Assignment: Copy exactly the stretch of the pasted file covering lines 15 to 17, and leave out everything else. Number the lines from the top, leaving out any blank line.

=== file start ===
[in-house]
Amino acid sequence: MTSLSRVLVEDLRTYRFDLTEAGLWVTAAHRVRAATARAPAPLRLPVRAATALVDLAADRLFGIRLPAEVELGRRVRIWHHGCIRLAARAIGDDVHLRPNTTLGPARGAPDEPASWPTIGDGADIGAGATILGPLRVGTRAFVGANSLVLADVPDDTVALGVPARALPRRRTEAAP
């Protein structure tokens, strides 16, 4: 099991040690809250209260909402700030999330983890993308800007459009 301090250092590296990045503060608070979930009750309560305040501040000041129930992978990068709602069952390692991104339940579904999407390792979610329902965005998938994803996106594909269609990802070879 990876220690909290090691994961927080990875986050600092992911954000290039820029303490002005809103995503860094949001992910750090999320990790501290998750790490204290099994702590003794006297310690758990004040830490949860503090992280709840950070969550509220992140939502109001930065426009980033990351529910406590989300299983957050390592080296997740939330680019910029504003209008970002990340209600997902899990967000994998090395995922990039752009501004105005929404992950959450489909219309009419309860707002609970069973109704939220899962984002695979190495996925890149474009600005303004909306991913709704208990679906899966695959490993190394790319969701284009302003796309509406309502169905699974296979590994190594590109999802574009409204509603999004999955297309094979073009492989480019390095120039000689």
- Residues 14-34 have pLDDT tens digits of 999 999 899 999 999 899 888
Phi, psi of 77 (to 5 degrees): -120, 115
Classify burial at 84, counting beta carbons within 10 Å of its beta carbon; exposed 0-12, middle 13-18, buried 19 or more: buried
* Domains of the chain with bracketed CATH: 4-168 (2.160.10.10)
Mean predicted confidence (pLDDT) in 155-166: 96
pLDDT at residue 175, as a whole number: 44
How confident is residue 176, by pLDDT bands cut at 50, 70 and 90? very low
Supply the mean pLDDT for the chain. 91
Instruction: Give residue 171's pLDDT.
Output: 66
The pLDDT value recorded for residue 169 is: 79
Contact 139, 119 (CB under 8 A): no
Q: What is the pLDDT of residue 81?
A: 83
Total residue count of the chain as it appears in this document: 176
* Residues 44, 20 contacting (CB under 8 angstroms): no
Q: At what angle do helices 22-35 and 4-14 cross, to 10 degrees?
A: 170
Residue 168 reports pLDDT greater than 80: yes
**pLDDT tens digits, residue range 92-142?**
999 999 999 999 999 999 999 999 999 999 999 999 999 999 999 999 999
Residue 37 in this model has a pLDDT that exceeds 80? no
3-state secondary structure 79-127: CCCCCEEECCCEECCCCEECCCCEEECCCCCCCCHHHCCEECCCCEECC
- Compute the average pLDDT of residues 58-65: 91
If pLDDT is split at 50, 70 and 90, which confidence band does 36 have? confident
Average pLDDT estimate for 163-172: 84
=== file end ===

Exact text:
Contact 139, 119 (CB under 8 A): no
Q: What is the pLDDT of residue 81?
A: 83